He used the proceeds from his publishing ventures and stage shows to purchase a mansion which became known as “The Palace of the Occult”, which he renovated and turned into a luxurious interactive theatre for fortune telling games.
The Palace of the Occult opened its doors on the evening of February 26th, 1933. In a semi-private séance, one of Hanussen’s mediums/associates, a former actress, Maria Paudler, had a fateful vision. In a trance, she claimed to see a “great building” on fire. The German press (incorrectly) attributed the prediction to Hanussen himself. Less than 20 hours later, the Reichstag was ablaze.
Not surprisingly, this event immediately led to (unsubstantiated) claims that Hanussen may have been himself involved in the Reichstag fire, hypnotizing and directing Marinus van der Lubbe, the convicted arsonist, to commit the act (in order to hand absolute power in Germany to the Nazis).
In reality, this feat proves exactly the opposite. Had Hanussen had been involved in the Reichstag Fire, he would have kept very quiet about it, because sharing this explosive information before the act would have been tantamount to at best inviting ruthless interrogation by criminal police (that did not believe in clairvoyance at all).
At worst, assassination. Which (not surprisingly) was exactly what happened. On March 25, 1933 (two days after Reichstag passed the Enabling Act that handed to Adolf Hitler practically absolute power in Germany) Hanussen was assassinated execution style (two bullets to the head) and hastily buried in a field on the outskirts of Berlin, near Stahnsdorf (his body was discovered two weeks later).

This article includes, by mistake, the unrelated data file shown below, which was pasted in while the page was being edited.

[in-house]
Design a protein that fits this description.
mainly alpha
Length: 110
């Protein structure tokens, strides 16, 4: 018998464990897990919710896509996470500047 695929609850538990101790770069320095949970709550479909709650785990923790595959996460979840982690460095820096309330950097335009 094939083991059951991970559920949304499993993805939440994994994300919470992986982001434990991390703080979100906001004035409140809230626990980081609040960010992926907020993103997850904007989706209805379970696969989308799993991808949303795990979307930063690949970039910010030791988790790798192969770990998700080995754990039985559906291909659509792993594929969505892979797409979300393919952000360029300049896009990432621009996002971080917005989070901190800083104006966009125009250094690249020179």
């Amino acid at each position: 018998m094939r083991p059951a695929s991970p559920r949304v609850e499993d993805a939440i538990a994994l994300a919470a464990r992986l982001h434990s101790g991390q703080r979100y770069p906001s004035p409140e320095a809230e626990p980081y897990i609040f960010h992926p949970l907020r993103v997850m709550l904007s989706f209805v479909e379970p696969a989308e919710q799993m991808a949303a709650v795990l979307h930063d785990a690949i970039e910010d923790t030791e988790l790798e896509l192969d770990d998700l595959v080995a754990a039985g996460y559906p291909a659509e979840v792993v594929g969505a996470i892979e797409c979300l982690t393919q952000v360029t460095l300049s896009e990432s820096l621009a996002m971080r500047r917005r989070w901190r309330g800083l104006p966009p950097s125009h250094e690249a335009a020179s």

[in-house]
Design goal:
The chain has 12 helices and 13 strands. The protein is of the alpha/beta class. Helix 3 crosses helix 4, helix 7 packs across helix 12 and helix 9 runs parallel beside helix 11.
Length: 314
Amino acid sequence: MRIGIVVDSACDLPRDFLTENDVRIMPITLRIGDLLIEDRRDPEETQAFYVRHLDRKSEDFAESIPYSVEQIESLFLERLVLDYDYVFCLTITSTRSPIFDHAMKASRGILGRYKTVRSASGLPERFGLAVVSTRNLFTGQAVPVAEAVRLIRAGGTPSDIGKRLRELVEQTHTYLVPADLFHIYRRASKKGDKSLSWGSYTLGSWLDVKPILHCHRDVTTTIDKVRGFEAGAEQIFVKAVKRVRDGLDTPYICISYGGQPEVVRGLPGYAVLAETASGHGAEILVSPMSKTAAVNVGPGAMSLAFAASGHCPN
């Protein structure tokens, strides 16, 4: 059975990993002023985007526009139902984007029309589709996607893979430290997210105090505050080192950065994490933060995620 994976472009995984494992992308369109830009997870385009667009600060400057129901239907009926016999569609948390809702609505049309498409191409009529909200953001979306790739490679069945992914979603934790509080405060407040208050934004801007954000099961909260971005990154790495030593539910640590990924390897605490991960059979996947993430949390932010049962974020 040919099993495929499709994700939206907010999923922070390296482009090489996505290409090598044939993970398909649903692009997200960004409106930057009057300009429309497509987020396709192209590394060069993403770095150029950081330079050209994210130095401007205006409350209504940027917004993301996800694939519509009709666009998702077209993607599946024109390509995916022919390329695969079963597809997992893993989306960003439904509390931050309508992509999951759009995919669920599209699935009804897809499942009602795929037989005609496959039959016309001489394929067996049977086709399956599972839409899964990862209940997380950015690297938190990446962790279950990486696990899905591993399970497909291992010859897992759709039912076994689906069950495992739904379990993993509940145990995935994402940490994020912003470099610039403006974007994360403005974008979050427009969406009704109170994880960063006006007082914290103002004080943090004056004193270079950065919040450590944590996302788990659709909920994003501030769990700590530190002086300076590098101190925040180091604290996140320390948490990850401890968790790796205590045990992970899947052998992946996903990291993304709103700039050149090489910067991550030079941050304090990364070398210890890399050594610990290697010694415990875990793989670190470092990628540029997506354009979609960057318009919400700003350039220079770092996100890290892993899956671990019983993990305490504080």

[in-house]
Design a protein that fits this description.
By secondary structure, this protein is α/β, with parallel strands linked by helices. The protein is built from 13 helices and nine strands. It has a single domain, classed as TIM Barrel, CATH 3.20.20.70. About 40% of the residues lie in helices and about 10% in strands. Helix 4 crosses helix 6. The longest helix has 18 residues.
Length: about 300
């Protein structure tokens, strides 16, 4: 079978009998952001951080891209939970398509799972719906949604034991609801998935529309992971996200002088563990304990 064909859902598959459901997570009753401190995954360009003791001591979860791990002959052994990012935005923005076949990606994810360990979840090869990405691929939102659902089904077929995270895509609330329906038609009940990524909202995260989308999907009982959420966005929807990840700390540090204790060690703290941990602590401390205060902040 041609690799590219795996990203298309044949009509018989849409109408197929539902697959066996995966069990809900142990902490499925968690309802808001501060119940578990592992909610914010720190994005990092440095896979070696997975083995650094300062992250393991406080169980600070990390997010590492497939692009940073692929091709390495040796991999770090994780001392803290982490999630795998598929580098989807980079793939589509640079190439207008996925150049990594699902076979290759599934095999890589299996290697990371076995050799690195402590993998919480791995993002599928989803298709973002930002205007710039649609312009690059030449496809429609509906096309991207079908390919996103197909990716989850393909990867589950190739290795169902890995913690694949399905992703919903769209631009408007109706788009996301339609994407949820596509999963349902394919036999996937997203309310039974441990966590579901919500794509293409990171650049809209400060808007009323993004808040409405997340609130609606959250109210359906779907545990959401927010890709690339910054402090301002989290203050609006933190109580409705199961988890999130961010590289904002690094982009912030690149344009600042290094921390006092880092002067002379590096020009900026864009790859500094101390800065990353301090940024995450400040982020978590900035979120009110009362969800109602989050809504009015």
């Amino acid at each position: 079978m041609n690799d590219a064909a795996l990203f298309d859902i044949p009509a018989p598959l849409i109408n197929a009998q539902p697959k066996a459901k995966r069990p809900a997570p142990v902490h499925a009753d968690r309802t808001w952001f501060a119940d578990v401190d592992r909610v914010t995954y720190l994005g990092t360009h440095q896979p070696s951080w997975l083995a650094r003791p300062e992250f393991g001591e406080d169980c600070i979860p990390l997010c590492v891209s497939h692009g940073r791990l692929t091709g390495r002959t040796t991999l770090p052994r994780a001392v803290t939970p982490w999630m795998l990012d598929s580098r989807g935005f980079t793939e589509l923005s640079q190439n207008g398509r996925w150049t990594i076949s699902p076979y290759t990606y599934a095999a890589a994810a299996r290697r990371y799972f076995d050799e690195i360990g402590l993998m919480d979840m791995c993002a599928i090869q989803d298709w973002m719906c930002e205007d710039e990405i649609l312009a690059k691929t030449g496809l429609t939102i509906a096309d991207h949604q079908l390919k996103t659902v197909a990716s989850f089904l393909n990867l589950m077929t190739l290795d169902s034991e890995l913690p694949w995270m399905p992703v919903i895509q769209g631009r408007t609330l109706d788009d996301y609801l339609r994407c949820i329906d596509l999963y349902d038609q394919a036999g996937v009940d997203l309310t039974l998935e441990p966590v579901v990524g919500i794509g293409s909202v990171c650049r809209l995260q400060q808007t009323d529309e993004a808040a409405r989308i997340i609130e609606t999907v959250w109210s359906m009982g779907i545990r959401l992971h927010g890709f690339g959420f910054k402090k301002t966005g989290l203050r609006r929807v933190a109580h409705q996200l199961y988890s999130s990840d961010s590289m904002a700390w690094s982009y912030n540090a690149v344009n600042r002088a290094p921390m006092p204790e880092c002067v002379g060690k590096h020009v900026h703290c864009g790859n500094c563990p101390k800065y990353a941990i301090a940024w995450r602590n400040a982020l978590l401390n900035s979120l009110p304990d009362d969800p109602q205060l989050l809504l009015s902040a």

His killers were never found, although there was no shortage of suspects. Hanussen was a very greedy individual and over the years got himself involved in a lot of shady deals. Making lots and lots of enemies.
Rival psychics, embittered ex-employees, jilted lovers, cuckolded husbands, blackmailed victims, and underworld denizens all had reasons to wish him dead. Most likely, he was “taken for a ride” by Berlin gangsters (at that time, organized crime was still a very powerful force in the German capital).
There is, however, another explanation. In addition to helping Hitler perfect his oratory and audience manipulation skills, Hanussen could have been hired by persons unknown (e.g. Thule Society, the mysterious Munich occult society that he introduced Hitler to) to use his psychic abilities to assist Hitler in undergoing mysterious transfiguration (which I will describe in detail a bit later).
He did his job but decided to use these powers to establish control over Hitler. And then use this control to make a lot of money – and maybe for other sinful purposes.
For his employers it was obviously unacceptable so on the evening of March 25th three unidentified men snatched him off the street, and he was never seen alive again.
There was the inevitable rumor that the bullet-ridden corpse discovered on April 7th, 1933 wasn’t Hanussen, that the Trickster avoided his enemies by again changing form and disappearing. It’s another doubtful, but intriguing, possibility.